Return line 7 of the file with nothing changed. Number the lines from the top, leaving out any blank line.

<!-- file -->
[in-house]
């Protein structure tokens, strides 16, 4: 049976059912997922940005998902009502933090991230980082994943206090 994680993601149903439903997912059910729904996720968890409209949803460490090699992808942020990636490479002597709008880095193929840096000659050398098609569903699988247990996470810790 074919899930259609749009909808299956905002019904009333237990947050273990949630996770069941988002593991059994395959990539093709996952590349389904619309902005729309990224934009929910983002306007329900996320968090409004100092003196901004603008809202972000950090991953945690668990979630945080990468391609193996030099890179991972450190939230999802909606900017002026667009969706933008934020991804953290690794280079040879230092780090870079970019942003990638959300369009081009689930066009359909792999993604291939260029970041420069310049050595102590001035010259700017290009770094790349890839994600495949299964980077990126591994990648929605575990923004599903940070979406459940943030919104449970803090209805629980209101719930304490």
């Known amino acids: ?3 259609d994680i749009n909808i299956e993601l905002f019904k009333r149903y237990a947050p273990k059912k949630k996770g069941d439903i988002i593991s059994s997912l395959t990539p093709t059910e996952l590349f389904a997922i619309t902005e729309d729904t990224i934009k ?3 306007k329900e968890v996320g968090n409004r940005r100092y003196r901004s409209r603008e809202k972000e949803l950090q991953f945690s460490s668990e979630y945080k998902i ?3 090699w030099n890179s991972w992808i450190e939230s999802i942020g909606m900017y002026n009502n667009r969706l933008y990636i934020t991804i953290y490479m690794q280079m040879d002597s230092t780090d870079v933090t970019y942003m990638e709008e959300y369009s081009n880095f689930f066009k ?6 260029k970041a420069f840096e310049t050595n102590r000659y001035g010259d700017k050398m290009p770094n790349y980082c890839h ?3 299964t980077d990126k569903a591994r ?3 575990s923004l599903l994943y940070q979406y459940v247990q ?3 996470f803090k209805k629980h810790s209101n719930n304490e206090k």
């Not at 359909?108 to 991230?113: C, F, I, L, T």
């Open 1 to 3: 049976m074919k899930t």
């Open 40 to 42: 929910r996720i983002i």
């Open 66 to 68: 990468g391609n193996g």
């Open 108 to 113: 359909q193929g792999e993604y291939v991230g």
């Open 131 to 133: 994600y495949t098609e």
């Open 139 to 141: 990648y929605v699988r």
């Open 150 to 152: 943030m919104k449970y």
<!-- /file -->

């Open 66 to 68: 990468g391609n193996g």